Senate spins Web opening

March 8, 1996

French students and school-leavers are being invited to become the first users of the Senate's new World Wide Web site to voice opinion on the problems affecting undergraduate university courses.

The French parliament's upper house is currently conducting a six-month enquiry into pre-degree university diploma courses which suffer from high failure rates.

A series of hearings will be followed by an official report which may make legislative proposals. It is the first time the Internet is being used in such a process.

However, the senators admit they have no idea how many students will access their Web site, which launched a series of questions on the diploma courses on February 19.

France still has very few Net users and although all the universities are linked by an academic network Renater (the French equivalent of the Joint Academic Network), undergraduates do not usually have access to the Net. Any school-leavers keen to respond to the senators will find it even harder to access the Web site as only 30 French lycees have been connected to the Net.

"The Net is only just taking off in France. This is completely experimental. We hope at least academics will respond to our questionnaire," said Alain Faillard, advisor to the Senate's cultural affairs commission.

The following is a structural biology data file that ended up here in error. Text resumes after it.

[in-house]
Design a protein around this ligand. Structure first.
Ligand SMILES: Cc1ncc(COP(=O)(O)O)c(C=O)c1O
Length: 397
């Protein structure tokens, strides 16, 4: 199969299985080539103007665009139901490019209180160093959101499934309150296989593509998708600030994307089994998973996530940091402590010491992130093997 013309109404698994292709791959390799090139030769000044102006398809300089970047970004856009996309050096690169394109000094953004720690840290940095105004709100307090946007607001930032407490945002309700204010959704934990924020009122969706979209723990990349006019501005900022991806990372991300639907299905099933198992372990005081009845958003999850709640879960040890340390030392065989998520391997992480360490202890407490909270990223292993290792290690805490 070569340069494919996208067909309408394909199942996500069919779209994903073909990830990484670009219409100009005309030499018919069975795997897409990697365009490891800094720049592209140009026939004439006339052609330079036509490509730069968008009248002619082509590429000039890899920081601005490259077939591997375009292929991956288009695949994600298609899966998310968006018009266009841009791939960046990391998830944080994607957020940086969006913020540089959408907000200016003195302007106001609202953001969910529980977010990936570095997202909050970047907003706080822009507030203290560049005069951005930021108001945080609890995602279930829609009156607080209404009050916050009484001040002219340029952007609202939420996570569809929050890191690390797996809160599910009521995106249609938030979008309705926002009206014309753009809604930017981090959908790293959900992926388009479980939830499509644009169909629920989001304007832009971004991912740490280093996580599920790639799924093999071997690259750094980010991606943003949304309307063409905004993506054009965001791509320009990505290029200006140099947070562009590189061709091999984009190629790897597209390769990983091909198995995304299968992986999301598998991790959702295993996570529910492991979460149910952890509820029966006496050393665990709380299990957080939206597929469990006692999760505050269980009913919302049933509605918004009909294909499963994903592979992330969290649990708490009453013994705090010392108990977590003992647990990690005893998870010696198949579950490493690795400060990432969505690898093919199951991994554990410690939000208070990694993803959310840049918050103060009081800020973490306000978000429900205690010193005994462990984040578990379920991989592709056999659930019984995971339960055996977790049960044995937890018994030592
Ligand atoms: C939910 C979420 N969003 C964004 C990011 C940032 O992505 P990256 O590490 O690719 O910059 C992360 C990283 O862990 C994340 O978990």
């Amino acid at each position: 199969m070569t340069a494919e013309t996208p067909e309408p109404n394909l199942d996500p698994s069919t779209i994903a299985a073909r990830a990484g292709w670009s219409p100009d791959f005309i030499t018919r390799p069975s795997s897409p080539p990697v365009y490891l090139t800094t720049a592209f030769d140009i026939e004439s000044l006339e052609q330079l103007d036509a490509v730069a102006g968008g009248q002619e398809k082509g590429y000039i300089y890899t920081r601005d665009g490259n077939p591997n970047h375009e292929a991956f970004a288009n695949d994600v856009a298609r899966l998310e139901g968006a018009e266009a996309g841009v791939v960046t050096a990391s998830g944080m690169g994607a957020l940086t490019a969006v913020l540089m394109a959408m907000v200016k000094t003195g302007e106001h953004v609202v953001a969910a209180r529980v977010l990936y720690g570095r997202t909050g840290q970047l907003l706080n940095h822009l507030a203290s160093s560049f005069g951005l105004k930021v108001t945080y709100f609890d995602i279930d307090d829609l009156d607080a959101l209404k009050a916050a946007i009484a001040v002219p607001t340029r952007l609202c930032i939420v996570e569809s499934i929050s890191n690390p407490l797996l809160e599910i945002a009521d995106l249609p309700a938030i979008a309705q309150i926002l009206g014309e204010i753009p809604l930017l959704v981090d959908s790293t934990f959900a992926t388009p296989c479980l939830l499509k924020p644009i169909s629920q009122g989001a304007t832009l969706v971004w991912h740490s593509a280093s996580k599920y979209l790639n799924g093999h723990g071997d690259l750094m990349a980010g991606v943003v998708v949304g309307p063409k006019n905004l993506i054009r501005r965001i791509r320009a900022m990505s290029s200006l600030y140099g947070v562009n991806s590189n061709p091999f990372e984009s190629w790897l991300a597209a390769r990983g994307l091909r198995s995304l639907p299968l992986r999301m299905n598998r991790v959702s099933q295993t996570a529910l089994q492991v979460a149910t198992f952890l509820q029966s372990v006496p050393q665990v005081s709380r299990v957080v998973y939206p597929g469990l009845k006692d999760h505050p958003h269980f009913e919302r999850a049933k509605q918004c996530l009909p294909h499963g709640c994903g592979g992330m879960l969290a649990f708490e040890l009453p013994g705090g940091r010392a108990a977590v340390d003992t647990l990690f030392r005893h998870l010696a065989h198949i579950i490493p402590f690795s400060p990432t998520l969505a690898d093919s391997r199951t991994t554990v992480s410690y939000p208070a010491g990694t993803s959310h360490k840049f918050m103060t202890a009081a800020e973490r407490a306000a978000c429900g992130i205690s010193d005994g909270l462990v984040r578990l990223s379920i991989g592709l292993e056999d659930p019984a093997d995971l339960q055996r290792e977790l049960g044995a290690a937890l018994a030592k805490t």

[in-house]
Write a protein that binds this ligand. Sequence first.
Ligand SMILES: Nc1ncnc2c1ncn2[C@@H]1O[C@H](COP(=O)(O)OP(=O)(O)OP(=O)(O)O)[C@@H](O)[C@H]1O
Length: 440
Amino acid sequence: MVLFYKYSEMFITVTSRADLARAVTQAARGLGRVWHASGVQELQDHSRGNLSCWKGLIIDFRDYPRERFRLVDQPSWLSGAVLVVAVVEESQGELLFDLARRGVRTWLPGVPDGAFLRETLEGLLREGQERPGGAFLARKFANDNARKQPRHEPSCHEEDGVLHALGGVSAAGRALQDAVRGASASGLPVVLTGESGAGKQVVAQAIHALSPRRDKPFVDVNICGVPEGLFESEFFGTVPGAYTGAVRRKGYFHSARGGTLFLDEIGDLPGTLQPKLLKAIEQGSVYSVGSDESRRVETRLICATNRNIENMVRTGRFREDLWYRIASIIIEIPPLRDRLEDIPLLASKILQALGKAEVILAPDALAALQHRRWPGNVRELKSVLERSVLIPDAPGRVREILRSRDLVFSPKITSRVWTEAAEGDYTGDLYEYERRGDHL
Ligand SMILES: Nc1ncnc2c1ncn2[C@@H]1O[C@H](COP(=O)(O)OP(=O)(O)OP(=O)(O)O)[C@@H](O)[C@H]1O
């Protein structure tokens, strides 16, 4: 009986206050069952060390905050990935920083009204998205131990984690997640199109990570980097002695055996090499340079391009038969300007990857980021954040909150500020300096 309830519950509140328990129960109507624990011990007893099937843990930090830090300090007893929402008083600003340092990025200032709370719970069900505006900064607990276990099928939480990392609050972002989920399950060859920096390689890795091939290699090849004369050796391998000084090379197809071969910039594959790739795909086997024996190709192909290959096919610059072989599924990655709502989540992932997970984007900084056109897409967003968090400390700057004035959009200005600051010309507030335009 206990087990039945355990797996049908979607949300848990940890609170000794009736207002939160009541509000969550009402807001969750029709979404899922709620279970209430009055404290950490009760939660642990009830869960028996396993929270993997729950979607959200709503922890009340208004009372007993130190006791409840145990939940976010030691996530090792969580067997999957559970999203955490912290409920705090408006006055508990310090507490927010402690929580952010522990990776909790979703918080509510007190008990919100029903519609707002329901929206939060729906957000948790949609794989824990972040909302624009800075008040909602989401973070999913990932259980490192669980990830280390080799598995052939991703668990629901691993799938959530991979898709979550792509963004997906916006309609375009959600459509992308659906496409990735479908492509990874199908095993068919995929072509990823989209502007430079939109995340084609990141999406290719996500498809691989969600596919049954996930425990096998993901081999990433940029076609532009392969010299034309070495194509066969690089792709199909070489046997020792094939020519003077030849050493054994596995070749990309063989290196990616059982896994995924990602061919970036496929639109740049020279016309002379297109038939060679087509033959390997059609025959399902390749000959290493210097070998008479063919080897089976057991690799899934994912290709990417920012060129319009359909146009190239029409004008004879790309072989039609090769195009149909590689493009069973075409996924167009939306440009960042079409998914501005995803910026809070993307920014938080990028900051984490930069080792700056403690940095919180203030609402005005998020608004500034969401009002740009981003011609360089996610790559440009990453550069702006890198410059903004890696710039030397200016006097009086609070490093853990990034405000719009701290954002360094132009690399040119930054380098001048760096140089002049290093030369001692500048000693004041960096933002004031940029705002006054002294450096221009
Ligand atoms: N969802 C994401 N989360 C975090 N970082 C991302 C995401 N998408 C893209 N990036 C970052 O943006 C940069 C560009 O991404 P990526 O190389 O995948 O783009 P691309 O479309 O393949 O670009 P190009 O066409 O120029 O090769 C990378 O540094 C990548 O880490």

The Senate could have used the ubiquitous Minitel, but was keen to publicise its Web site. "There is a cybercafe just next to the Senate, always packed with Latin Quarter students - this could work well," said Mr Faillard.

The Senate remains extremely cautious about what goes on at its Web site. There will be no interactive forum on university issues.

Instead, a summary of responses to its questionnaire and updated questions will provide a degree of "filtered" interactivity, Mr Faillard said.

The French Senate's Net address is

Please login or register to read this article

Register to continue

Get a month's unlimited access to THE content online. Just register and complete your career summary.

Registration is free and only takes a moment. Once registered you can read a total of 3 articles each month, plus:

  • Sign up for the editor's highlights
  • Receive World University Rankings news first
  • Get job alerts, shortlist jobs and save job searches
  • Participate in reader discussions and post comments

Have your say

Log in or register to post comments